The former can point to the long-term decline of coal as a percentage of Chinese electricity capacity: 60% now, down from nearly 80% in the mid-2000s. Nathaniel Taplin, WSJ, "China’s Banks Are Choking on Coal Dust," 9 Apr. 2019 There's not enough takeaway capacity—takeaway being pipelines. Joe Pappalardo, Popular Mechanics, "America's New Energy Coast," 19 Mar. 2019 Thanks to this capacity, any two of the above group (say, Dave and Chloe) have a pair of channels that are unique to them. Chris Lee, Ars Technica, "Conservation of energy used to parallelize quantum key distribution," 17 Dec. 2018 FastCharge’s new station might have a high theoretical capacity, but the actual amount of power drawn by average electric vehicles is likely to be considerably less for the time being — at least until the cars catch up. Jon Porter, The Verge, "Porsche and BMW unveil EV charger that’s three times faster than Tesla’s," 14 Dec. 2018 Obviously, if a nominee had demonstrated hostility toward Roe v. Wade in an official capacity, that would cause me great concern. Yvonne Abraham, BostonGlobe.com, "It’s decision time for Susan Collins," 7 July 2018 But trans-Atlantic capacity, in particular from smaller cities, is growing. New York Times, "Paris Beckons as a Fare War Turns Europe Into a Bargain," 2 July 2018 Amazon has been working on ways to expand delivery capacity, from leasing its own cargo planes to experimenting with drones. Bloomberg, latimes.com, "Amazon wants to help you start your own package-delivery service," 28 June 2018 Amazon has been working on ways to expand delivery capacity, from leasing its own cargo planes to experimenting with drones. Bloomberg, Time, "Amazon Wants You to Start a Business As a Package Delivery Driver," 28 June 2018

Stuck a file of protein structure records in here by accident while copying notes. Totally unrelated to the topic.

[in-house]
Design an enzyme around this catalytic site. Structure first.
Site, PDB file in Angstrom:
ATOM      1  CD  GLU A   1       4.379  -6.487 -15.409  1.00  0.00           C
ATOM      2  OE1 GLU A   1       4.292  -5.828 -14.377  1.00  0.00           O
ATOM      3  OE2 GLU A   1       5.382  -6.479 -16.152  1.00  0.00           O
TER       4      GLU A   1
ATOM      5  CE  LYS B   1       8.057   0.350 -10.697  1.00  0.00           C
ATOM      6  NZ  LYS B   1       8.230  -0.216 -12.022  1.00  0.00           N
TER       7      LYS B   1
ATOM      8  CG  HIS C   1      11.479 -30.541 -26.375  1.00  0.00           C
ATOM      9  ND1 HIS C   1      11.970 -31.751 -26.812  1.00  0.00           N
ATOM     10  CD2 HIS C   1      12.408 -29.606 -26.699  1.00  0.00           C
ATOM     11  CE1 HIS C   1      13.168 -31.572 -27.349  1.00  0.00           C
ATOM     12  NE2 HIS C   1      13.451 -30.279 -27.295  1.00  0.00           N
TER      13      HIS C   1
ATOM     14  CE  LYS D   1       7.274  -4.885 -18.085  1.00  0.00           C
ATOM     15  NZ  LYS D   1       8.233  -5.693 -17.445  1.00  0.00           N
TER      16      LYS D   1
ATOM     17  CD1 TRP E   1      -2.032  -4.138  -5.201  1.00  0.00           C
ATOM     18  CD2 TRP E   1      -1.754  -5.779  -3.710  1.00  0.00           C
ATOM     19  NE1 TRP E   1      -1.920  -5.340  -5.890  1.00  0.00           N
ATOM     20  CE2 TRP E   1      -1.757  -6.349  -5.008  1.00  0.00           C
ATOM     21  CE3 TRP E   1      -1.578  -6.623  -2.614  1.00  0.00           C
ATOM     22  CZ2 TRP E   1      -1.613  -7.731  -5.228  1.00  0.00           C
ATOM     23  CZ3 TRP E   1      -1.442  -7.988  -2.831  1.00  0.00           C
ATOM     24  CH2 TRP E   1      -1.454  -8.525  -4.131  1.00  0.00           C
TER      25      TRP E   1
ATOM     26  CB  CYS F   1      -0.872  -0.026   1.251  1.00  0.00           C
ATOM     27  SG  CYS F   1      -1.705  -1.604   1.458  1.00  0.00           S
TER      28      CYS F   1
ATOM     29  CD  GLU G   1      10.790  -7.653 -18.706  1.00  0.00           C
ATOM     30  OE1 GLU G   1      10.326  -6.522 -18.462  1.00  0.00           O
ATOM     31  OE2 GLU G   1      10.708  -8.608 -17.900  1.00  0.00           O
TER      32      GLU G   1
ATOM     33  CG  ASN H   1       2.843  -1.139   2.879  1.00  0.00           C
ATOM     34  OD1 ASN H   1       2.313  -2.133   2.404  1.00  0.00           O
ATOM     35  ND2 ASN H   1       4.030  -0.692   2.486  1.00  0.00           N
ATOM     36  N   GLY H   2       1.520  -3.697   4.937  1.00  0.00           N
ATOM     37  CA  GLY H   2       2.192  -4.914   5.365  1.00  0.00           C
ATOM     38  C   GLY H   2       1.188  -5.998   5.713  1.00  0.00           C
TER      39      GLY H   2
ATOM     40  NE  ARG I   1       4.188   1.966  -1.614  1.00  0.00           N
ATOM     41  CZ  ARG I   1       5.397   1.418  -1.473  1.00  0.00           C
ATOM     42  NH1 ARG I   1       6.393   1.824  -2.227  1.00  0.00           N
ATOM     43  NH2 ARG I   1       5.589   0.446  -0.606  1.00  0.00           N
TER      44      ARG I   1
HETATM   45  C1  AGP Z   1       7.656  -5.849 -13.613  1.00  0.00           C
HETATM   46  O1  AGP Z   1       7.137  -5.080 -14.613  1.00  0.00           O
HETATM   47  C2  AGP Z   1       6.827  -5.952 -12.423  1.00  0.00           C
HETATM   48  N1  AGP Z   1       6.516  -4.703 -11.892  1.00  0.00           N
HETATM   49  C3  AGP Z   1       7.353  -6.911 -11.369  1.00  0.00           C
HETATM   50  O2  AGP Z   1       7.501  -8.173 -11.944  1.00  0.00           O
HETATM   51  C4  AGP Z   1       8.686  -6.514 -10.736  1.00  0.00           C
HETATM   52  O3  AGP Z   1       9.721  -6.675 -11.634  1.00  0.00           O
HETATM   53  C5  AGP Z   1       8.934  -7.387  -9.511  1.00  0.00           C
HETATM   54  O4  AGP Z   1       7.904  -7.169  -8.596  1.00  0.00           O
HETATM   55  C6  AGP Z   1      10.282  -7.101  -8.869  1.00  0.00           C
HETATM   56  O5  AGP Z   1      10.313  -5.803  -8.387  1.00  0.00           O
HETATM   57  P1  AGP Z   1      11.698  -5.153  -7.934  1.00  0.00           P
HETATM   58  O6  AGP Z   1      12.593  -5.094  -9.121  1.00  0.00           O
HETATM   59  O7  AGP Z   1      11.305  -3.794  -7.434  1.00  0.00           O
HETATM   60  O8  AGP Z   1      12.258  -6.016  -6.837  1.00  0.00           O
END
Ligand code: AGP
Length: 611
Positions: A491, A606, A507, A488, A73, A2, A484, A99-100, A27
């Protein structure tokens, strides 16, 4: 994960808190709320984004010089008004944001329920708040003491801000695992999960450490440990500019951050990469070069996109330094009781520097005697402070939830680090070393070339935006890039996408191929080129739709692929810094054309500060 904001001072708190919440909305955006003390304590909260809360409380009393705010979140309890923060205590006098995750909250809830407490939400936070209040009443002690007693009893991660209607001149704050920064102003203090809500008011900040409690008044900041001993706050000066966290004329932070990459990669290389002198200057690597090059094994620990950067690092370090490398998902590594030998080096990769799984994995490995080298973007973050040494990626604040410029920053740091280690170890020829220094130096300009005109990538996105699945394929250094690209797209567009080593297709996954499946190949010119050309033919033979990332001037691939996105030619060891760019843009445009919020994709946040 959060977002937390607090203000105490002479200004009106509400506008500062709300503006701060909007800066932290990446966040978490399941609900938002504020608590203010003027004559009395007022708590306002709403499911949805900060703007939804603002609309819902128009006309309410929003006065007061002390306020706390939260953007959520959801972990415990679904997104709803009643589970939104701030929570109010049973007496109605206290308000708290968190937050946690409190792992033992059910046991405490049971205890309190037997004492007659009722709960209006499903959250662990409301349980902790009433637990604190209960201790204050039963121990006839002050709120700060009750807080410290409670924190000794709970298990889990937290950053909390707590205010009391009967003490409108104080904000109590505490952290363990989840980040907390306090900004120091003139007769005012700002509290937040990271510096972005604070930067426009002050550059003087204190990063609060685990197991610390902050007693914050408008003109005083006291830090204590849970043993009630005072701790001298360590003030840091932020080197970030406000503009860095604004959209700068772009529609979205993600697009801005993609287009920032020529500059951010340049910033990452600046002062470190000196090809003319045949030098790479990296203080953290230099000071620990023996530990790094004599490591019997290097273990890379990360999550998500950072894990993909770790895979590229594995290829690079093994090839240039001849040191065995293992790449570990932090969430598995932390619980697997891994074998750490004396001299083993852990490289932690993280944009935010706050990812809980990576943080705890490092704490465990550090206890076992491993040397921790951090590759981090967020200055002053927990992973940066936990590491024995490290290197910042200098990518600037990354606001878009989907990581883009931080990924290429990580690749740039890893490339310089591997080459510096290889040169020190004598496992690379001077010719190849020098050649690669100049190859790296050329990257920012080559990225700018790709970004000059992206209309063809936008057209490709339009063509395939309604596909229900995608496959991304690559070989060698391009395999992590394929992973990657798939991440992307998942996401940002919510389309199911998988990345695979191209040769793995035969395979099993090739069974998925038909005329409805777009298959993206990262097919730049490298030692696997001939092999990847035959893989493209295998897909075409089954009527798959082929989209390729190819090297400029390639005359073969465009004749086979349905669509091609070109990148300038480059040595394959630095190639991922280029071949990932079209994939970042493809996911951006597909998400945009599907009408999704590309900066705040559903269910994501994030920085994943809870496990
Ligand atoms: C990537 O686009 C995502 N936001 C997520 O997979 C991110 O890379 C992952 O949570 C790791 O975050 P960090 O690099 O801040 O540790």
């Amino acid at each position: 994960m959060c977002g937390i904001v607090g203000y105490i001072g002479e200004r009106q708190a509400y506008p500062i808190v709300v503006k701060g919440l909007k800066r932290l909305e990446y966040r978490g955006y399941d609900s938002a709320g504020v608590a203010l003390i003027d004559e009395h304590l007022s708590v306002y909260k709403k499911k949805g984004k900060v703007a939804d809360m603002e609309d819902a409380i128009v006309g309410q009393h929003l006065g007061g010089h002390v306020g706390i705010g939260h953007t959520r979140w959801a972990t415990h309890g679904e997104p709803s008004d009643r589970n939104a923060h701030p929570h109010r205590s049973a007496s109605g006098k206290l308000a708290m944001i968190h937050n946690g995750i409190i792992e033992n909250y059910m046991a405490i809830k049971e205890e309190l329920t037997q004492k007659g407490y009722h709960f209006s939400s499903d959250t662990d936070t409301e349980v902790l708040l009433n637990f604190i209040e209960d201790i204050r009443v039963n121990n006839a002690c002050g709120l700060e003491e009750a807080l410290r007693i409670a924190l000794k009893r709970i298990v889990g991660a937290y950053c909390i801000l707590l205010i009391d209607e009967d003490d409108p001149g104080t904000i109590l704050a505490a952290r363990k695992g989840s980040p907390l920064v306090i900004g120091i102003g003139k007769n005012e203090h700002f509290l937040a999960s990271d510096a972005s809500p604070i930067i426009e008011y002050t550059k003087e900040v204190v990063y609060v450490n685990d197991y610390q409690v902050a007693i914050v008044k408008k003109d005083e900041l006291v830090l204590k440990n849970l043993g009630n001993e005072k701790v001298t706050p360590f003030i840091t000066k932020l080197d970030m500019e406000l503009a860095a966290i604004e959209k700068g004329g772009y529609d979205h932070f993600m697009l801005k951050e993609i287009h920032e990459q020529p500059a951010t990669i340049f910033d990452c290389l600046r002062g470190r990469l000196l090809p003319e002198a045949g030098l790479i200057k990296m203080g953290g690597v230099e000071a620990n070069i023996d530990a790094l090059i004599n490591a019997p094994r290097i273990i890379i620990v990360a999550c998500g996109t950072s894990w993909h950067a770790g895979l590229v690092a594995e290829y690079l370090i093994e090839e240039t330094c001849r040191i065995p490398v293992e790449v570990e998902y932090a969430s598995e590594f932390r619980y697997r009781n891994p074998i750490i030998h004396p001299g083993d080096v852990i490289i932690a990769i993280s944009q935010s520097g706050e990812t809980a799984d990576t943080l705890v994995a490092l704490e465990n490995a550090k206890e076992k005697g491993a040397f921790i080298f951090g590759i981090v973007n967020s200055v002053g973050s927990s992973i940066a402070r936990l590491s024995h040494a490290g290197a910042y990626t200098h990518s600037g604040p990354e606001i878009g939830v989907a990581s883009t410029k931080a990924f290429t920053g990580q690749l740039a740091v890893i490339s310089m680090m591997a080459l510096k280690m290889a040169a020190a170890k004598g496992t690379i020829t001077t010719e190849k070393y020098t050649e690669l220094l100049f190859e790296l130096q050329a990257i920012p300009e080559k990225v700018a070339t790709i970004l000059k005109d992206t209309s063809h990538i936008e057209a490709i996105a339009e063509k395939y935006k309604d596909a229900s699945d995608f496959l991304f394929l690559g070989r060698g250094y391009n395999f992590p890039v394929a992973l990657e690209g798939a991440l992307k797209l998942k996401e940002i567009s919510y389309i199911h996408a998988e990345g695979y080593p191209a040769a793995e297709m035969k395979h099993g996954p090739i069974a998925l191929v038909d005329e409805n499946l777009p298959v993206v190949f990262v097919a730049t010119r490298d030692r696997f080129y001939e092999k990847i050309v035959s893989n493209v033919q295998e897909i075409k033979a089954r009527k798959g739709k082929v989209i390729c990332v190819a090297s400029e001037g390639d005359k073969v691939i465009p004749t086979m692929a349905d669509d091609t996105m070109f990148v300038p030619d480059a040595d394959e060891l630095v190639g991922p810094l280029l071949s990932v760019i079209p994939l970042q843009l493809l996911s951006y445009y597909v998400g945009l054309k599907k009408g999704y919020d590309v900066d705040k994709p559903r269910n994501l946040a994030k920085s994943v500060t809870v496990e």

These example sentences are selected automatically from various online news sources to reflect current usage of the word 'capacity.' Views expressed in the examples do not represent the opinion of Merriam-Webster or its editors. Send us feedback.

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First Known Use of capacity

Noun

15th century, in the meaning defined at sense 1